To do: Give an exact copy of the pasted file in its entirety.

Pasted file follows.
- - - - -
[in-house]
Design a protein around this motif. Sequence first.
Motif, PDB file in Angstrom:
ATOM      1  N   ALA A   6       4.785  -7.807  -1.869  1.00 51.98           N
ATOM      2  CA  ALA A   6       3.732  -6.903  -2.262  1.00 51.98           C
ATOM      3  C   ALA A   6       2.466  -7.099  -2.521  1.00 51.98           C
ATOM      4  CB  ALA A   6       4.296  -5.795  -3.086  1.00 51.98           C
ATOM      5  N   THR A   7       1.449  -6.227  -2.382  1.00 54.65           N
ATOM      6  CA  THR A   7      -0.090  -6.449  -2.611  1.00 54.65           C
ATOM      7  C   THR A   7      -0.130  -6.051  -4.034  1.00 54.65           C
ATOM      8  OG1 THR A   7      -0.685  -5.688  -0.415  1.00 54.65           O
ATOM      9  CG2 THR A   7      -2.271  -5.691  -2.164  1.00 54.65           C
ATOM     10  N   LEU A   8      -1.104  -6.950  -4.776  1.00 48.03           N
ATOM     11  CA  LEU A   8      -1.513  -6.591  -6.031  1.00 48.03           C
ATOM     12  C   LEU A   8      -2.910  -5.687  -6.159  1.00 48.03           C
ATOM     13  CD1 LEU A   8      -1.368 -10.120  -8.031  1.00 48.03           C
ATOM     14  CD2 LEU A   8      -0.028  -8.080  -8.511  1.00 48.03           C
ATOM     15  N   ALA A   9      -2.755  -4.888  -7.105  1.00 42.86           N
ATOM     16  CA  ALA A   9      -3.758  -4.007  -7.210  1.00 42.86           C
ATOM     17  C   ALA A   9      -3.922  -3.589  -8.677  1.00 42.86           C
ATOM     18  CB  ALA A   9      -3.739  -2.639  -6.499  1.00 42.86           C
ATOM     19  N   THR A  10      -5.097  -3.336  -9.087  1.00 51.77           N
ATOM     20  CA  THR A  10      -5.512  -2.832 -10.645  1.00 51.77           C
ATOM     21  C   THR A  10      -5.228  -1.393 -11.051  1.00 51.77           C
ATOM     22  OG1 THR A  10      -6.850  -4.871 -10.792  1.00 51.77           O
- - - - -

[in-house]
Design a protein around this motif. Sequence first.
Motif, PDB file in Angstrom:
ATOM      1  N   ALA A   6       4.785  -7.807  -1.869  1.00 51.98           N
ATOM      2  CA  ALA A   6       3.732  -6.903  -2.262  1.00 51.98           C
ATOM      3  C   ALA A   6       2.466  -7.099  -2.521  1.00 51.98           C
ATOM      4  CB  ALA A   6       4.296  -5.795  -3.086  1.00 51.98           C
ATOM      5  N   THR A   7       1.449  -6.227  -2.382  1.00 54.65           N
ATOM      6  CA  THR A   7      -0.090  -6.449  -2.611  1.00 54.65           C
ATOM      7  C   THR A   7      -0.130  -6.051  -4.034  1.00 54.65           C
ATOM      8  OG1 THR A   7      -0.685  -5.688  -0.415  1.00 54.65           O
ATOM      9  CG2 THR A   7      -2.271  -5.691  -2.164  1.00 54.65           C
ATOM     10  N   LEU A   8      -1.104  -6.950  -4.776  1.00 48.03           N
ATOM     11  CA  LEU A   8      -1.513  -6.591  -6.031  1.00 48.03           C
ATOM     12  C   LEU A   8      -2.910  -5.687  -6.159  1.00 48.03           C
ATOM     13  CD1 LEU A   8      -1.368 -10.120  -8.031  1.00 48.03           C
ATOM     14  CD2 LEU A   8      -0.028  -8.080  -8.511  1.00 48.03           C
ATOM     15  N   ALA A   9      -2.755  -4.888  -7.105  1.00 42.86           N
ATOM     16  CA  ALA A   9      -3.758  -4.007  -7.210  1.00 42.86           C
ATOM     17  C   ALA A   9      -3.922  -3.589  -8.677  1.00 42.86           C
ATOM     18  CB  ALA A   9      -3.739  -2.639  -6.499  1.00 42.86           C
ATOM     19  N   THR A  10      -5.097  -3.336  -9.087  1.00 51.77           N
ATOM     20  CA  THR A  10      -5.512  -2.832 -10.645  1.00 51.77           C
ATOM     21  C   THR A  10      -5.228  -1.393 -11.051  1.00 51.77           C
ATOM     22  OG1 THR A  10      -6.850  -4.871 -10.792  1.00 51.77           O